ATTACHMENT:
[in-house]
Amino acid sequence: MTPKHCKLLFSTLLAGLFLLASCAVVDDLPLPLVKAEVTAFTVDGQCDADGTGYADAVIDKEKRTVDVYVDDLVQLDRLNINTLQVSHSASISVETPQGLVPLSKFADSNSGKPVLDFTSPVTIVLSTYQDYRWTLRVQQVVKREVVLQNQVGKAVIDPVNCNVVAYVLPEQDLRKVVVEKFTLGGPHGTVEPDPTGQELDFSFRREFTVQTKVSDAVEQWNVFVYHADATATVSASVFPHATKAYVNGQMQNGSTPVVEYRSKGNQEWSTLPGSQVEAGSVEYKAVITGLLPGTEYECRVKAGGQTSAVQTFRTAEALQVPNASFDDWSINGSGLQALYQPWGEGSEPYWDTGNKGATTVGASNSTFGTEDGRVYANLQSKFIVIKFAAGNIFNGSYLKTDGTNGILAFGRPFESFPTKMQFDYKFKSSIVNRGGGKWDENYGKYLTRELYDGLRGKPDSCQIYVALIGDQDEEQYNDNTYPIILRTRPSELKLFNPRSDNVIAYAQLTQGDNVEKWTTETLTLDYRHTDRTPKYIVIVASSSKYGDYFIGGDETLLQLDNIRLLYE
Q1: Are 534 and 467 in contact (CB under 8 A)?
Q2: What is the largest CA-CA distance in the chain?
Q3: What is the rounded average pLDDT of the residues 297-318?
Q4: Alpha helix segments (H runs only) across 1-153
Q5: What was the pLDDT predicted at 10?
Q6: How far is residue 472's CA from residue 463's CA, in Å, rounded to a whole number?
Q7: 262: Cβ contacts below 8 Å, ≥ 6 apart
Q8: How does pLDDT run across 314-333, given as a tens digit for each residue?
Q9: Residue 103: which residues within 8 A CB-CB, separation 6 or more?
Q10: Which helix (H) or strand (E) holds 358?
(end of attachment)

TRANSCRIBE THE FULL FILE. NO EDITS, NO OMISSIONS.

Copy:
[in-house]
Amino acid sequence: MTPKHCKLLFSTLLAGLFLLASCAVVDDLPLPLVKAEVTAFTVDGQCDADGTGYADAVIDKEKRTVDVYVDDLVQLDRLNINTLQVSHSASISVETPQGLVPLSKFADSNSGKPVLDFTSPVTIVLSTYQDYRWTLRVQQVVKREVVLQNQVGKAVIDPVNCNVVAYVLPEQDLRKVVVEKFTLGGPHGTVEPDPTGQELDFSFRREFTVQTKVSDAVEQWNVFVYHADATATVSASVFPHATKAYVNGQMQNGSTPVVEYRSKGNQEWSTLPGSQVEAGSVEYKAVITGLLPGTEYECRVKAGGQTSAVQTFRTAEALQVPNASFDDWSINGSGLQALYQPWGEGSEPYWDTGNKGATTVGASNSTFGTEDGRVYANLQSKFIVIKFAAGNIFNGSYLKTDGTNGILAFGRPFESFPTKMQFDYKFKSSIVNRGGGKWDENYGKYLTRELYDGLRGKPDSCQIYVALIGDQDEEQYNDNTYPIILRTRPSELKLFNPRSDNVIAYAQLTQGDNVEKWTTETLTLDYRHTDRTPKYIVIVASSSKYGDYFIGGDETLLQLDNIRLLYE
Q1: Are 534 and 467 in contact (CB under 8 A)?
Q2: What is the largest CA-CA distance in the chain?
Q3: What is the rounded average pLDDT of the residues 297-318?
Q4: Alpha helix segments (H runs only) across 1-153
Q5: What was the pLDDT predicted at 10?
Q6: How far is residue 472's CA from residue 463's CA, in Å, rounded to a whole number?
Q7: 262: Cβ contacts below 8 Å, ≥ 6 apart
Q8: How does pLDDT run across 314-333, given as a tens digit for each residue?
Q9: Residue 103: which residues within 8 A CB-CB, separation 6 or more?
Q10: Which helix (H) or strand (E) holds 358?